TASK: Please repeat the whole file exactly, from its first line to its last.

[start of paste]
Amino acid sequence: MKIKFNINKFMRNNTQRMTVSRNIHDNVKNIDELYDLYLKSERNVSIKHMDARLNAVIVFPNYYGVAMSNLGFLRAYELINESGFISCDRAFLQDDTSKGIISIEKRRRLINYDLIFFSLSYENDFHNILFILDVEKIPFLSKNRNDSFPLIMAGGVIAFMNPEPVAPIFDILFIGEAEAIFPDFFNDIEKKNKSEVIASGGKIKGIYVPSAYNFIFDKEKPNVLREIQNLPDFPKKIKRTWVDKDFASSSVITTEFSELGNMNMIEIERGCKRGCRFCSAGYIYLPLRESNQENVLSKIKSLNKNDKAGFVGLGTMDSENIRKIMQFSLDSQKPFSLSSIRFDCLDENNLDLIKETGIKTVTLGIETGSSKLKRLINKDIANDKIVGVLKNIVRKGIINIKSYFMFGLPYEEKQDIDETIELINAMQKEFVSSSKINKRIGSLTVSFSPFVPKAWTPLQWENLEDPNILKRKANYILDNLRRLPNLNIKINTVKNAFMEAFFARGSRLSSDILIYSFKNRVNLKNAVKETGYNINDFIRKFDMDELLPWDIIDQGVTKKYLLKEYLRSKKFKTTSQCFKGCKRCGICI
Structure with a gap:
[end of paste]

Amino acid sequence: MKIKFNINKFMRNNTQRMTVSRNIHDNVKNIDELYDLYLKSERNVSIKHMDARLNAVIVFPNYYGVAMSNLGFLRAYELINESGFISCDRAFLQDDTSKGIISIEKRRRLINYDLIFFSLSYENDFHNILFILDVEKIPFLSKNRNDSFPLIMAGGVIAFMNPEPVAPIFDILFIGEAEAIFPDFFNDIEKKNKSEVIASGGKIKGIYVPSAYNFIFDKEKPNVLREIQNLPDFPKKIKRTWVDKDFASSSVITTEFSELGNMNMIEIERGCKRGCRFCSAGYIYLPLRESNQENVLSKIKSLNKNDKAGFVGLGTMDSENIRKIMQFSLDSQKPFSLSSIRFDCLDENNLDLIKETGIKTVTLGIETGSSKLKRLINKDIANDKIVGVLKNIVRKGIINIKSYFMFGLPYEEKQDIDETIELINAMQKEFVSSSKINKRIGSLTVSFSPFVPKAWTPLQWENLEDPNILKRKANYILDNLRRLPNLNIKINTVKNAFMEAFFARGSRLSSDILIYSFKNRVNLKNAVKETGYNINDFIRKFDMDELLPWDIIDQGVTKKYLLKEYLRSKKFKTTSQCFKGCKRCGICI
Structure with a gap: